The National Institute for Health and Care Excellence (NICE) has issued new guidelines that would help UK-based, non-profit organisation Sepsis Trust to update clinical tools for improving the way sepsis is handled across England’s National Health Service (NHS).
Sepsis is a serious, life-threatening condition that occurs when a body's response to infection injures its own tissues and organs.
NICE Centre for Guidelines director Mark Baker said: “The UK Sepsis Trust is now working with NICE to update their range of clinical toolkits in response to the guideline so that health professionals are well equipped to quickly identify and treat people with sepsis.”
The guidelines advise health professionals to consider sepsis in any patient with an infection, and to treat the condition with the same importance as a possible heart attack.
UK Sepsis Trust chief executive Dr Ron Daniels said: “The NICE guideline provides the means to spot and treat sepsis quickly by working with the system.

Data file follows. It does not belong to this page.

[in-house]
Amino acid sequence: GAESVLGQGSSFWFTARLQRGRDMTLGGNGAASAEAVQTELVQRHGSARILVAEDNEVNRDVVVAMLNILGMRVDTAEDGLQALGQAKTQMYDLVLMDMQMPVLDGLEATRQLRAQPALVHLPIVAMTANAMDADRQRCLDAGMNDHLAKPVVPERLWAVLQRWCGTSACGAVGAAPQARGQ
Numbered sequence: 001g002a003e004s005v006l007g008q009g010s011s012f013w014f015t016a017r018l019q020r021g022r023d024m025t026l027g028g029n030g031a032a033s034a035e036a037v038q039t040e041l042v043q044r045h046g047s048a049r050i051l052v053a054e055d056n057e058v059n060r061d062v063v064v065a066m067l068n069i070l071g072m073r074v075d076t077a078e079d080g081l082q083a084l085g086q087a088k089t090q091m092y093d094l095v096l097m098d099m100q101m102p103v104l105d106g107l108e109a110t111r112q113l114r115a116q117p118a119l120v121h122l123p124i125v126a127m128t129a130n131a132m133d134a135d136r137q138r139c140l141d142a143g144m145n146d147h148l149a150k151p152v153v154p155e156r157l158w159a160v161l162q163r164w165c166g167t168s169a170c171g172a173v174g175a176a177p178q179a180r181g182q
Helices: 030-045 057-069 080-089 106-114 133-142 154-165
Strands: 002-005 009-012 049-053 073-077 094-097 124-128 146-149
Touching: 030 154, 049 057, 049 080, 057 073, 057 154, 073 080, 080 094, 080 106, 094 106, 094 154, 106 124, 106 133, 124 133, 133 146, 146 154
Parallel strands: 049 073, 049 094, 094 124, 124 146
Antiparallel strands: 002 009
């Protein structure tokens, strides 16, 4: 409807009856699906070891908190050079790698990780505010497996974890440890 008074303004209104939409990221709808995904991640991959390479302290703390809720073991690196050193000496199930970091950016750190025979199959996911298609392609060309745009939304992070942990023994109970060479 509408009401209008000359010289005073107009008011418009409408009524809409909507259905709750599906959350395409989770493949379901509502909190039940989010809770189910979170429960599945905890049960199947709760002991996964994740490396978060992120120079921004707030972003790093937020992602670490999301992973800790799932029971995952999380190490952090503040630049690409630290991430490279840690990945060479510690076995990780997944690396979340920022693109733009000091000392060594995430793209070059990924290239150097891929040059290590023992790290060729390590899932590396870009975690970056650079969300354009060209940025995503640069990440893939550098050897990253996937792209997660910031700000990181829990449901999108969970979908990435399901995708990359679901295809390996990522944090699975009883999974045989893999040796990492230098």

“Equipped with the tools to follow care recommendations, every health professional will be empowered to prevent thousands of unnecessary deaths.
“Sepsis is indiscriminate and often hard to diagnose, but these resources present a cohesive national approach to identifying and treating the condition. It’s a brilliant opportunity to effect change across the UK and beyond.”
The new guidelines will help develop a blueprint across the system, thereby assisting every health professional to better detect and manage sepsis in an affected person.
The NICE guidelines use a common language for both paediatric and adult care so that the severity of illness is always communicated, irrespective of the person's age.